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Diet Part 9 – Mediterranean Diet

This is it as suggested by Medical News Today…the ninth most popular diet in the Western world. Do you have one that resonates more than another? Leave a message below and let me know what you think.

There is no single Mediterranean diet but the concept draws together the common food types and healthy habits from the traditions of a number of different regions, including Crete, Greece, Spain, southern France, Portugal, and Italy.

More research is needed to confirm the precise benefits of the diet, but it is known to be low in trans fats, and free from refined oils and highly processed meats and foods.

These items have been linked to conditions such as obesity, diabetes, cancer and cardiovascular disease.

Fast facts about the Mediterranean diet

  • There is no one Mediterranean diet. It consists of foods from a number of countries and regions including Spain, Greece, and Italy.
  • The Mediterranean diet is a great way to replace the saturated fats in the average American diet.
  • There is an emphasis on fruits, vegetables, lean meats, and natural sources.
  • It is linked to good heart health, protection against diseases such as stroke and prevention of diabetes.
  • Moderation is still advised, as the diet has a high-fat content
  • The Mediterranean diet should be paired with an active lifestyle for the best results.


Mediterranean diet

The Mediterranean diet is a way to ensure food comes from a range of natural, healthful sources.

The Mediterranean diet consists of:

  • high quantities of vegetables, such as tomatoes, kale, broccoli, spinach, carrots, cucumbers, and onions
  • fresh fruit such as apples, bananas, figs, dates, grapes, and melons.
  • high consumption of legumes, beans, nuts, and seeds, such as almonds, walnuts, sunflower seeds, and cashews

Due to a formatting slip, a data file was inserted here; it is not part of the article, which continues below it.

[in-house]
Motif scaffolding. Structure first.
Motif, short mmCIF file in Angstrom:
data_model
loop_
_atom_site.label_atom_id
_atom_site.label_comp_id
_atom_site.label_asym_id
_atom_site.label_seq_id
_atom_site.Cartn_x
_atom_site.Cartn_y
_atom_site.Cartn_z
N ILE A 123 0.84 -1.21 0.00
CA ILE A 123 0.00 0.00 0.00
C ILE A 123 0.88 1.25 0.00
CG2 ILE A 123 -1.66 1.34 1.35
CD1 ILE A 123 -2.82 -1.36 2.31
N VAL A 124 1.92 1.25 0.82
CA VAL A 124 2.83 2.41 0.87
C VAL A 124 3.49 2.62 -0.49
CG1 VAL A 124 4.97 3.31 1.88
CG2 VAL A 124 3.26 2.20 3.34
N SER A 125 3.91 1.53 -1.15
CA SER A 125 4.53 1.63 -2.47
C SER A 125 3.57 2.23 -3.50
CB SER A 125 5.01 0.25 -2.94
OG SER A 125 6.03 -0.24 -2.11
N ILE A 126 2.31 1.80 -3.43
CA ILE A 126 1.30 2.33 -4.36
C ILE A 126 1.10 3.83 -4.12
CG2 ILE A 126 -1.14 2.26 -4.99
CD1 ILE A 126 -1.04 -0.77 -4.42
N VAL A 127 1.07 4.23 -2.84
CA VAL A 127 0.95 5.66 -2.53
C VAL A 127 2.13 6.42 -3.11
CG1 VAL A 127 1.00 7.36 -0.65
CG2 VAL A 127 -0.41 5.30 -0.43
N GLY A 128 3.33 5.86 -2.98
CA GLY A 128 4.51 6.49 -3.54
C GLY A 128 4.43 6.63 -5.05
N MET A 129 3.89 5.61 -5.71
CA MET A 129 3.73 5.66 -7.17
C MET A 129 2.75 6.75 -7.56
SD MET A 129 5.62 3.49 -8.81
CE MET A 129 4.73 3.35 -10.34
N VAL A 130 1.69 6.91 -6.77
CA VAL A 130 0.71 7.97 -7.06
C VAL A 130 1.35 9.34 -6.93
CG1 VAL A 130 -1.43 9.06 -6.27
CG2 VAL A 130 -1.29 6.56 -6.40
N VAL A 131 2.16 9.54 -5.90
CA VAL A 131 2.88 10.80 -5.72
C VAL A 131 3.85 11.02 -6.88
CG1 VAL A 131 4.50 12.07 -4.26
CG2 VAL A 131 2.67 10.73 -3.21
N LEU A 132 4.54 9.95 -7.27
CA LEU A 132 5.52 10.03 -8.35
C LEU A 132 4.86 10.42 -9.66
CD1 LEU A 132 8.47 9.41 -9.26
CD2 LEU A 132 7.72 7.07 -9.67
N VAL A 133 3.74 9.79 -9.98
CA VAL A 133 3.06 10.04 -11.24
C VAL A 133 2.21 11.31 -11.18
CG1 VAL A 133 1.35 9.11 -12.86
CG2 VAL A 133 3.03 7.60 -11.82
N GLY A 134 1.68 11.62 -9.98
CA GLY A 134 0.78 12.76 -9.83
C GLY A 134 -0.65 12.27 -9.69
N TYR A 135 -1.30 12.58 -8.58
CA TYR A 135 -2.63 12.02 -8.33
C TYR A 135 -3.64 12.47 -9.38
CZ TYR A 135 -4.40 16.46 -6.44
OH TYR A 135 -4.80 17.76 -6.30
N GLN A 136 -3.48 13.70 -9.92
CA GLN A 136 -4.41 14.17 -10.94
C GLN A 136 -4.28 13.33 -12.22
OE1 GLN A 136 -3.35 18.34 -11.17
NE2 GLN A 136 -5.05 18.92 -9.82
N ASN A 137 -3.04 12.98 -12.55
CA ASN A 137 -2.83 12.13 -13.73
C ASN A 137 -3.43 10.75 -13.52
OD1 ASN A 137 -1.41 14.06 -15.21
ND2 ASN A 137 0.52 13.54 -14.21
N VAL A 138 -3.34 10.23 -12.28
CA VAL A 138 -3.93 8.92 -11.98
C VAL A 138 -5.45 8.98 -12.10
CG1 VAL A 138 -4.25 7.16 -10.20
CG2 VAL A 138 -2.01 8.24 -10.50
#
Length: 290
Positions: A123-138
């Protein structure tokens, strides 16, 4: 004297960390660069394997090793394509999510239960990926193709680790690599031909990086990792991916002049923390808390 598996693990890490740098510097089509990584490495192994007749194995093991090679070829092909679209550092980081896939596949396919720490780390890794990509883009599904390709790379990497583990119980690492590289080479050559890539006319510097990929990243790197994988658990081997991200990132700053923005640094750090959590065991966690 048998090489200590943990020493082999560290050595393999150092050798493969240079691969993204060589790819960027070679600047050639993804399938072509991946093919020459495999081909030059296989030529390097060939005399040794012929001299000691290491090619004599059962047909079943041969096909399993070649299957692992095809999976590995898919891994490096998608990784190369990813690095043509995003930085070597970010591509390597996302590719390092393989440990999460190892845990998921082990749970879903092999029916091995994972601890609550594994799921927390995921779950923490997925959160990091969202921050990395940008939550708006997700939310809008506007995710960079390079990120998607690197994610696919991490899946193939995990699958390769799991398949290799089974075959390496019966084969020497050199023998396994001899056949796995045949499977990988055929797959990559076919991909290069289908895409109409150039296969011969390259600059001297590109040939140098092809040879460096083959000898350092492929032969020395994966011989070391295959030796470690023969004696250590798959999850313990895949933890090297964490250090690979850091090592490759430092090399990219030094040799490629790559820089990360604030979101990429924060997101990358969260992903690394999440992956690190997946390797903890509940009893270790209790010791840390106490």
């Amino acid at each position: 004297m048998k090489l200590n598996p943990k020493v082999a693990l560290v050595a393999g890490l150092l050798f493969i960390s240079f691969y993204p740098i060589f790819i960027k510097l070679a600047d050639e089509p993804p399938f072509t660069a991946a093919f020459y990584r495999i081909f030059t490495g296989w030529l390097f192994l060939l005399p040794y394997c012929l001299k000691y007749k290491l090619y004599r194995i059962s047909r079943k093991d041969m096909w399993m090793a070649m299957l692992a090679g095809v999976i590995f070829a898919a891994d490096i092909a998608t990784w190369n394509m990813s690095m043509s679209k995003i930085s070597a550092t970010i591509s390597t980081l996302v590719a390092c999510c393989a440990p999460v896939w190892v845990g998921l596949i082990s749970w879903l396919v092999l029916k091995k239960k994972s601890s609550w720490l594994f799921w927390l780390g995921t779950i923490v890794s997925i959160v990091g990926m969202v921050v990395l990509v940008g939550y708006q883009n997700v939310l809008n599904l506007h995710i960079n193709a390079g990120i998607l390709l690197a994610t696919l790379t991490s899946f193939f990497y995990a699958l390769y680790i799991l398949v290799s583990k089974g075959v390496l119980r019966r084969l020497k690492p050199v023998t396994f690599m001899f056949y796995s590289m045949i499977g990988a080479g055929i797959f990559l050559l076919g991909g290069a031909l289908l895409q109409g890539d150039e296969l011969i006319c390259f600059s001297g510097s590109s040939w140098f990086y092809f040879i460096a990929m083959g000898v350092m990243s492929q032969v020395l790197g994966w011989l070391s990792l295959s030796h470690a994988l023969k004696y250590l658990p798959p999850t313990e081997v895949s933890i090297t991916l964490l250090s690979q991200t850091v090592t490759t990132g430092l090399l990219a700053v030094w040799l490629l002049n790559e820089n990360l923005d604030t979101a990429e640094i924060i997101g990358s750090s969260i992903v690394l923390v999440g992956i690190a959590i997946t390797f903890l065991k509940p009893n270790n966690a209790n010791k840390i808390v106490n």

• whole grains such as whole wheat, oats, barley, buckwheat, corn, and brown rice
  • olive oil as the main source of dietary fat, alongside olives, avocados, and avocado oil
  • cheese and yoghurt as the main dairy foods, including Greek yoghurt
  • moderate amounts of fish and poultry, such as chicken, duck, turkey, salmon, sardines, and oysters
  • eggs, including chicken, quail, and duck eggs
  • limited amounts red meats and sweets
  • around one glass per day of wine, with water as the main beverage of choice and no carbonated and sweetened drinks

This focus on plant foods and natural sources means that the Mediterranean diet contains nutrients such as:

Healthy fats: The Mediterranean diet is known to be low in saturated fat and high in monounsaturated fat. Dietary guidelines for the United States (U.S.) recommend that saturated fat should make up no more than 10 percent of calorie intake.

Fibre: The diet is high in fibre, which promotes healthy digestion and is believed to reduce the risk of bowel cancer and cardiovascular disease.

High vitamin and mineral content: Fruits and vegetables provide vital vitamins and minerals, which regulate bodily processes. In addition, the presence of lean meats provides vitamins such as B12 which are not found in plant foods.

Low sugar: The diet is high in natural rather than added sugar, for example, in fresh fruits. Added sugar increases calories without nutritional benefit, is linked to diabetes and high blood pressure and occurs in many of the processed foods absent from the Mediterranean diet.

It is difficult to give exact nutritional information on the Mediterranean diet since there is no single Mediterranean diet. This is because a variety of cultures and regions are involved.


The Mediterranean diet is not specifically a weight-loss diet, but cutting out red meats, animal fats, and processed food may lead to weight loss..

In areas where the diet is consumed, there are lower rates of mortality and heart disease and other benefits.